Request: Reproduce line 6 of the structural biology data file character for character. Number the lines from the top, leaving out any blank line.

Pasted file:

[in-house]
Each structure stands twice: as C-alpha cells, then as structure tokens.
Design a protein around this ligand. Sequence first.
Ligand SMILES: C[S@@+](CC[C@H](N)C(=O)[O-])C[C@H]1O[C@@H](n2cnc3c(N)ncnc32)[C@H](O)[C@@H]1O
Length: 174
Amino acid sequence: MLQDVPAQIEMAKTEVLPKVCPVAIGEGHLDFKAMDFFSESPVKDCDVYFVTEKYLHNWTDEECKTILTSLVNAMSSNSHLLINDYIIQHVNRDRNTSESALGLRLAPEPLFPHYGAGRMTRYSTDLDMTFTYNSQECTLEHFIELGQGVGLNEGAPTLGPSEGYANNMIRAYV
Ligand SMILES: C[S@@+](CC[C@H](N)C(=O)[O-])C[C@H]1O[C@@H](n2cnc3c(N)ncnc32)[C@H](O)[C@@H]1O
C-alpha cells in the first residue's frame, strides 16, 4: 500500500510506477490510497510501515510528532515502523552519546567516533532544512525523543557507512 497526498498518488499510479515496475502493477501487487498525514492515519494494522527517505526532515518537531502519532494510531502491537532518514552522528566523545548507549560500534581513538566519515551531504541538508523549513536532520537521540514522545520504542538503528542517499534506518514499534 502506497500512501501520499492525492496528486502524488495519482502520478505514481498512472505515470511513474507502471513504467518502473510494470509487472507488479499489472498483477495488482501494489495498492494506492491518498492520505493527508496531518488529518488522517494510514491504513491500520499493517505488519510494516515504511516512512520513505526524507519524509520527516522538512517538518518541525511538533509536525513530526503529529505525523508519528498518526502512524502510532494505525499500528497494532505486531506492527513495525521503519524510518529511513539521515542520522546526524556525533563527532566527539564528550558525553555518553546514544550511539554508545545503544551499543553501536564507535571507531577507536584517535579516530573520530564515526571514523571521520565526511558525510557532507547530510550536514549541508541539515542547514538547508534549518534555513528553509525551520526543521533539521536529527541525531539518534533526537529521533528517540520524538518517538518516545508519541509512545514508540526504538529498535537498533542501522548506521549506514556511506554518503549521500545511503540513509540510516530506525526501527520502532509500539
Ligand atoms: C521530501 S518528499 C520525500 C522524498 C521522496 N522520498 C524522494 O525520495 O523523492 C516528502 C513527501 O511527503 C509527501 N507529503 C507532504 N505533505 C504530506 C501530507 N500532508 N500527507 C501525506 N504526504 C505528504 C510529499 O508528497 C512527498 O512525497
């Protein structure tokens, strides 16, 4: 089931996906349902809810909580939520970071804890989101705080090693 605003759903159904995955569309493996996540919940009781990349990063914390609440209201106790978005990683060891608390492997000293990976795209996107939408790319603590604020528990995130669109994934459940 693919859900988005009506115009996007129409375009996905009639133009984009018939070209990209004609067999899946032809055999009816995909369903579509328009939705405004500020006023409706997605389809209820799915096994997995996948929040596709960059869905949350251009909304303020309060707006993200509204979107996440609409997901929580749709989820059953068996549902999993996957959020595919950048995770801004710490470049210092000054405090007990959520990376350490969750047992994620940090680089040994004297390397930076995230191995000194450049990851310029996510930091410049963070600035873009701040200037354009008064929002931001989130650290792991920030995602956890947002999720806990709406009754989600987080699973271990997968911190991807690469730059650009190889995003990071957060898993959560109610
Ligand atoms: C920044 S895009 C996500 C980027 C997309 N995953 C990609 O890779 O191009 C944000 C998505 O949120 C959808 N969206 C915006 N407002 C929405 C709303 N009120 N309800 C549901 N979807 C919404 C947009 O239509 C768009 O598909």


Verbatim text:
Amino acid sequence: MLQDVPAQIEMAKTEVLPKVCPVAIGEGHLDFKAMDFFSESPVKDCDVYFVTEKYLHNWTDEECKTILTSLVNAMSSNSHLLINDYIIQHVNRDRNTSESALGLRLAPEPLFPHYGAGRMTRYSTDLDMTFTYNSQECTLEHFIELGQGVGLNEGAPTLGPSEGYANNMIRAYV